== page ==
Charles Stile and Dustin Racioppi size up the race for NJ governor.
There isn’t much in common politically between President Donald Trump and the front-runners for governor in New Jersey. But they do share one optimistic vision to further their policy plans: economic growth.
While Trump anticipates a brisk job market to make up for billions in proposed tax cuts, the leading candidates for governor here are similarly relying on the economy to support their proposals to cut property tax bills for businesses and homeowners.
No issue has so consistently frustrated voters and bedeviled candidates than property taxes, the “third rail” in New Jersey politics, said Patrick Murray, director of the Monmouth University Polling Institute. And after many years of unfulfilled pledges to once and for all lower bills, Murray said in a recent interview, “the problem is we have reached a point where the public doesn’t trust a politician when they make promises about property taxes.”
The most significant reforms, Gov. Chris Christie’s 2 percent property tax cap, has slowed the growth of tax bills, but they are still rising and the average bill of $8,549 is the highest in the nation.
This year, candidates have lined up with ideas to build on the cap with promises to finally bring the long-lasting relief to a seemingly intractable way of life in New Jersey. The field is led by Phil Murphy, a former U.S. ambassador to Germany who is seeking the Democratic nomination, and Republican Lt. Gov. Kim Guadagno.
So far, policy groups have been underwhelmed by the offerings.
“We’re encouraged anytime someone brings attention to New Jersey’s lack of affordability and property tax crisis, but few are outlining a plan on how to get there,” said Erica Jednyak, state director of Americans For Prosperity. “It will take reforming the school funding formula, incentivizing shared services where cost-effective, overhauling the pension and health benefits system, and reducing the size of bloated government.”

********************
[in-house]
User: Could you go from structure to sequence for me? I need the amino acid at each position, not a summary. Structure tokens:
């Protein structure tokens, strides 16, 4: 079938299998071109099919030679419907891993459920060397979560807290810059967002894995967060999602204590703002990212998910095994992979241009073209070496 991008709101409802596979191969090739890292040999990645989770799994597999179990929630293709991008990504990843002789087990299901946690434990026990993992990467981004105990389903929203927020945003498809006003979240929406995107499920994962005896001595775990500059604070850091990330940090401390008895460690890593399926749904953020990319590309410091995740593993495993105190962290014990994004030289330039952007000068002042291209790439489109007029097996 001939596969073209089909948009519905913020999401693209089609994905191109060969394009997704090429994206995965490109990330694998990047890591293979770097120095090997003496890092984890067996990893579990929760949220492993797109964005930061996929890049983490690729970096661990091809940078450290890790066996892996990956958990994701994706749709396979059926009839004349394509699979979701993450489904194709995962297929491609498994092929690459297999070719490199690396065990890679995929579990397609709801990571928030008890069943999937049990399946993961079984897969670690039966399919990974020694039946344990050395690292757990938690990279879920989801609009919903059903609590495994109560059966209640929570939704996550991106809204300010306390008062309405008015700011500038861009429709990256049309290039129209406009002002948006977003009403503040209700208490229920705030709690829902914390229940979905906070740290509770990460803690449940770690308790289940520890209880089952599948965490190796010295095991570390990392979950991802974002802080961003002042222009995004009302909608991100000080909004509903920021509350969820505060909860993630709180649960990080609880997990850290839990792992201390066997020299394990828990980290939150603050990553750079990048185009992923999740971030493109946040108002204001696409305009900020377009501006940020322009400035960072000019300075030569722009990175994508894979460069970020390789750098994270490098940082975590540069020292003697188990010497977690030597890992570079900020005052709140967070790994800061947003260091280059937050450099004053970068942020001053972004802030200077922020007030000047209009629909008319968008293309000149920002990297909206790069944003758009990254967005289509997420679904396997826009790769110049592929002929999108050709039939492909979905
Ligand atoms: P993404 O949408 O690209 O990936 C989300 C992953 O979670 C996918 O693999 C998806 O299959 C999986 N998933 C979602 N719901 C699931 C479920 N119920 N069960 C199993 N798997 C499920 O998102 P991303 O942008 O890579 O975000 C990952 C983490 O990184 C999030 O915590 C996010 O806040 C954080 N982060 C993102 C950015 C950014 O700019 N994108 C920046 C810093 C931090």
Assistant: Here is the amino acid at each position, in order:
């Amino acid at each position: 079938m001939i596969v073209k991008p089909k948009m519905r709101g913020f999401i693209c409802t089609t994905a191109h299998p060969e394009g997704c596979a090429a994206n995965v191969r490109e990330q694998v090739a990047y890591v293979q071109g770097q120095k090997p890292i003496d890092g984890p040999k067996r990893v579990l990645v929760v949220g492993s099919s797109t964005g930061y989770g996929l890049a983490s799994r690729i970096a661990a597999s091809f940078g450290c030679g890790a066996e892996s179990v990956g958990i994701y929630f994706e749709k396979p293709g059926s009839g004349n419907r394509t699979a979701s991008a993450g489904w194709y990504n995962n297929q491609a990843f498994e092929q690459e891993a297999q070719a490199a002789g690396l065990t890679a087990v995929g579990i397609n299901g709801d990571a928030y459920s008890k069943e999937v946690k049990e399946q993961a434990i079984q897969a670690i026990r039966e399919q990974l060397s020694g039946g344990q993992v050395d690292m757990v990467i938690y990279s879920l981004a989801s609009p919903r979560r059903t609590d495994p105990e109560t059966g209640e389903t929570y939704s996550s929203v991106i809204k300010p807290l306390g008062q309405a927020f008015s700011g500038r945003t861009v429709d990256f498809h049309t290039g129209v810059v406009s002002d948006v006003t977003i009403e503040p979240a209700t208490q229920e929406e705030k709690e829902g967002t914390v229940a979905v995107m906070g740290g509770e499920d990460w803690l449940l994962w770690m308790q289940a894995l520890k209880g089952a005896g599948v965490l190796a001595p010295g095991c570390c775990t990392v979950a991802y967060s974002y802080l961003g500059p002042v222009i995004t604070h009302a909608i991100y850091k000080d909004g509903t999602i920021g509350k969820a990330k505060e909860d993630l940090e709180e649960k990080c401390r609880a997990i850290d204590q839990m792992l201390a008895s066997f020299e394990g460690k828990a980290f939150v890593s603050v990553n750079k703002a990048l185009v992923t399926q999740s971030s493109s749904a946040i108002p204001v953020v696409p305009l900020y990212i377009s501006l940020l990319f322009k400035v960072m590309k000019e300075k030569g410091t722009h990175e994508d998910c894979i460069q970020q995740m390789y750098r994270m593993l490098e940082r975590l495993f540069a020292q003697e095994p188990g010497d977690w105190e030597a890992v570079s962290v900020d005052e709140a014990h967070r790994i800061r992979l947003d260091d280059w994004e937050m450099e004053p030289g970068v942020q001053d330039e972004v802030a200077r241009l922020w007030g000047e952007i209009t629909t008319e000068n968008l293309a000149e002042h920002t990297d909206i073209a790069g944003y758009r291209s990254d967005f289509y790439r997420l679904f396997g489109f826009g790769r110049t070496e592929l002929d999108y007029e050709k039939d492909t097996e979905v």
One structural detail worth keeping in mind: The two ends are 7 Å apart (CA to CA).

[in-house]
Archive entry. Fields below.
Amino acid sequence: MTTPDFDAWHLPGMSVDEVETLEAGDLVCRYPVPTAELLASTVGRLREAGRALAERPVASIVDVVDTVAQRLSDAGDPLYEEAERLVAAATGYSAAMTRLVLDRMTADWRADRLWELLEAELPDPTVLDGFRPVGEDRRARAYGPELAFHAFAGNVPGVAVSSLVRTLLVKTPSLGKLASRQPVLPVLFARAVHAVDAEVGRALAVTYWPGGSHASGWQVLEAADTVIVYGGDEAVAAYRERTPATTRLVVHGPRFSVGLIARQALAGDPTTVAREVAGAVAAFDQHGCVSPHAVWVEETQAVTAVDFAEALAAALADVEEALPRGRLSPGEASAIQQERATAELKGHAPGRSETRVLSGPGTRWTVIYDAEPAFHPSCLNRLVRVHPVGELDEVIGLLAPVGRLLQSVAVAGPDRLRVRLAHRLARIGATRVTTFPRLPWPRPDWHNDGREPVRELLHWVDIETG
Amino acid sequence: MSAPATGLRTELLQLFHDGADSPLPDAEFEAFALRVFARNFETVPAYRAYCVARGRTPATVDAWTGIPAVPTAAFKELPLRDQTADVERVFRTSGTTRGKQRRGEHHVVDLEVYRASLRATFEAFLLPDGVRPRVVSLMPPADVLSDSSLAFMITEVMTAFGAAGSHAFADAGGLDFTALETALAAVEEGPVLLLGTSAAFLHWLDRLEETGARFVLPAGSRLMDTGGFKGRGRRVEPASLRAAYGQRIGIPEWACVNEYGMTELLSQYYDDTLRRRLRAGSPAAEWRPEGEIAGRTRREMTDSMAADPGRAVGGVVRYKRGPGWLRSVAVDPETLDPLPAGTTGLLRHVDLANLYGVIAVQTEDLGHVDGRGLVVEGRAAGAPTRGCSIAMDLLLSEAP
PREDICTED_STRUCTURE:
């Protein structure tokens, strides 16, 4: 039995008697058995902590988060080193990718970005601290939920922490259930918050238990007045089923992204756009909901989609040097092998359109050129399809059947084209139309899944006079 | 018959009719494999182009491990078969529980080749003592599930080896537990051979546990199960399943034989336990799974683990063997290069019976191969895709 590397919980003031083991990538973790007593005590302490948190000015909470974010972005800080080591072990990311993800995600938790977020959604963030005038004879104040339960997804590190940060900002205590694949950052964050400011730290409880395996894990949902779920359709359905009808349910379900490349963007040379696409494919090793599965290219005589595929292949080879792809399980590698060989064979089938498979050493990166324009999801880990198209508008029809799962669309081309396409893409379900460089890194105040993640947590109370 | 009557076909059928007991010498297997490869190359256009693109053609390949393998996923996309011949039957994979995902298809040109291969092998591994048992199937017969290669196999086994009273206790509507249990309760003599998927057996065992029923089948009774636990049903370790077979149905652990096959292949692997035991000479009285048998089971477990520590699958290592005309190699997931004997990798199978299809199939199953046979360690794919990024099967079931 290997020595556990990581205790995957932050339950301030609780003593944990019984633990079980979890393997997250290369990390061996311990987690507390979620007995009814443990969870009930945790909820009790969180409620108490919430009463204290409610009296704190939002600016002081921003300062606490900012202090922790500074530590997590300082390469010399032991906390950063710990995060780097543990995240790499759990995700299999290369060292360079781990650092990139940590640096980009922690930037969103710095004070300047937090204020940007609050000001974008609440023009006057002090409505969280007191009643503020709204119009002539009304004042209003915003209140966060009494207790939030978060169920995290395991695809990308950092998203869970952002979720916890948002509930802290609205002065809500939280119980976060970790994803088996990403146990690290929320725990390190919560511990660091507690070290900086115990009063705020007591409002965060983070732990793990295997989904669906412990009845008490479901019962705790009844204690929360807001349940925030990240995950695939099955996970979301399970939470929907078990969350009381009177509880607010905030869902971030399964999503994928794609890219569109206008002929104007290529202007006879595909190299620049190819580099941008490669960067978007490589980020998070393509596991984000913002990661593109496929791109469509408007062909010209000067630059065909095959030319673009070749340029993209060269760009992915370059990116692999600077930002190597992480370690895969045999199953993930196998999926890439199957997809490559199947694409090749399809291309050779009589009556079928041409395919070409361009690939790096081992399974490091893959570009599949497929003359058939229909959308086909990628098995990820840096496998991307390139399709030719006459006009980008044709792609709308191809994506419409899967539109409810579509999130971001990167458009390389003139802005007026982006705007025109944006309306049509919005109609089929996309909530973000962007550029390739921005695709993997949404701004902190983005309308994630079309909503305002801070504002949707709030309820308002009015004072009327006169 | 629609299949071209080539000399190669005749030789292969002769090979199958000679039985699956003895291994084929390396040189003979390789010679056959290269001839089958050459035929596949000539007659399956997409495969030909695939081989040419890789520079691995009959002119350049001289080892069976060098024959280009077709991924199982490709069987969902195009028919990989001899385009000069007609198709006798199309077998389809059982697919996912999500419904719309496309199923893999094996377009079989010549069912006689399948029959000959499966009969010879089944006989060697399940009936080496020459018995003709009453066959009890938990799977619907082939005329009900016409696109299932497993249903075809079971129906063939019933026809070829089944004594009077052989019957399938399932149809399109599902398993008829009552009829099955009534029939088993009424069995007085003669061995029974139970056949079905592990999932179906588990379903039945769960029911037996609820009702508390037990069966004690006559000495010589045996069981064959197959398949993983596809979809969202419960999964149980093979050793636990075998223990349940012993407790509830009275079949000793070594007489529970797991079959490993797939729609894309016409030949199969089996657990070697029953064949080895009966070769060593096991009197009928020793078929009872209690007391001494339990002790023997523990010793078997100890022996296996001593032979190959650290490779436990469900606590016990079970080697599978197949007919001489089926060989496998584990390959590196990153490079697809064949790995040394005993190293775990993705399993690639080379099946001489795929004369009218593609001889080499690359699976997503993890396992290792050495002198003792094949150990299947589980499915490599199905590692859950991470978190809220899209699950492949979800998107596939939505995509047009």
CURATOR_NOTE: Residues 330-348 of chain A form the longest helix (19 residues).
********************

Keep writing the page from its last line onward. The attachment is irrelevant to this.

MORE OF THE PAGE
Candidates have proposed combining any number of those ideas to ease the property tax burden for New Jersey’s homeowners and businesses. But one consistency among the front-runners, at least, is that economic growth is a central feature of their proposals.
Murphy has laid out a multi-point plan to reduce property taxes, including fully funding public schools and promoting municipal consolidation and shared services, two of the largest drivers of tax costs. But campaign spokesman Derek Roseman said the first point is key.
“Growing the economy and creating good jobs is how to make property taxes less of a burden,” Roseman said.
Murphy’s plan anticipates 3 percent annual revenue growth – just less than the average of 3.4 percent the last two decades, according to the campaign — to support his tax plan. He’s also banking on at least $1 billion a year in added revenues through a so-called millionaire’s tax and marijuana legalization — two policies that Christie has rejected — as well as reducing Wall Street fees and closing tax loopholes. The other major Democratic candidates also support the millionaire’s tax and marijuana legalization and have estimated the combined revenue at $1 billion.
Guadagno’s plan, which she calls a property tax “circuit breaker,” is a temporary one until the school-funding formula can be revised. The circuit breaker plan would cap the school portion of a homeowner’s property tax bill to 5 percent of their income. Her campaign said that a family making New Jersey’s median household income of $72,000 would save an average of $895 each year.